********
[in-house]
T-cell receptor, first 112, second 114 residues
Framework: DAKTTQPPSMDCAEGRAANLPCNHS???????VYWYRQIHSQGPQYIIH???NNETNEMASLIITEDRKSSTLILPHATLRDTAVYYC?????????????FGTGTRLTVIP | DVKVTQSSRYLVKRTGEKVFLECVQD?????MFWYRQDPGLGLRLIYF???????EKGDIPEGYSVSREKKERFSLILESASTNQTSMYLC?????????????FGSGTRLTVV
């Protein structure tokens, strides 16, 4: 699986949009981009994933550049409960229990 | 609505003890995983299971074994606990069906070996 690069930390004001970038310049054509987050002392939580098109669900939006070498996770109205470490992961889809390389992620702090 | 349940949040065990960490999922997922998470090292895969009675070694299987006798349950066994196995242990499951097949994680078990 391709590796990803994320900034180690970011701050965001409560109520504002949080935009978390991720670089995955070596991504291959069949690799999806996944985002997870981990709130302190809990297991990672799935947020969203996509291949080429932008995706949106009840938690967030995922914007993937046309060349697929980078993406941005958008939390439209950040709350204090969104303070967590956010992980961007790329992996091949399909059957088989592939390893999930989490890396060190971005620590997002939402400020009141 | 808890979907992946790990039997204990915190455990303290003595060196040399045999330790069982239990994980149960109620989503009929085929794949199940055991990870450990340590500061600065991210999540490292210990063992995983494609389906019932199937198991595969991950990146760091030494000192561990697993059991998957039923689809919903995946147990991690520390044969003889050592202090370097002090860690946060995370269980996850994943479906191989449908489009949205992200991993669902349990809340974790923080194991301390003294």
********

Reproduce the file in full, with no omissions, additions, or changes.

[in-house]
T-cell receptor, first 112, second 114 residues
Framework: DAKTTQPPSMDCAEGRAANLPCNHS???????VYWYRQIHSQGPQYIIH???NNETNEMASLIITEDRKSSTLILPHATLRDTAVYYC?????????????FGTGTRLTVIP | DVKVTQSSRYLVKRTGEKVFLECVQD?????MFWYRQDPGLGLRLIYF???????EKGDIPEGYSVSREKKERFSLILESASTNQTSMYLC?????????????FGSGTRLTVV
């Protein structure tokens, strides 16, 4: 699986949009981009994933550049409960229990 | 609505003890995983299971074994606990069906070996 690069930390004001970038310049054509987050002392939580098109669900939006070498996770109205470490992961889809390389992620702090 | 349940949040065990960490999922997922998470090292895969009675070694299987006798349950066994196995242990499951097949994680078990 391709590796990803994320900034180690970011701050965001409560109520504002949080935009978390991720670089995955070596991504291959069949690799999806996944985002997870981990709130302190809990297991990672799935947020969203996509291949080429932008995706949106009840938690967030995922914007993937046309060349697929980078993406941005958008939390439209950040709350204090969104303070967590956010992980961007790329992996091949399909059957088989592939390893999930989490890396060190971005620590997002939402400020009141 | 808890979907992946790990039997204990915190455990303290003595060196040399045999330790069982239990994980149960109620989503009929085929794949199940055991990870450990340590500061600065991210999540490292210990063992995983494609389906019932199937198991595969991950990146760091030494000192561990697993059991998957039923689809919903995946147990991690520390044969003889050592202090370097002090860690946060995370269980996850994943479906191989449908489009949205992200991993669902349990809340974790923080194991301390003294």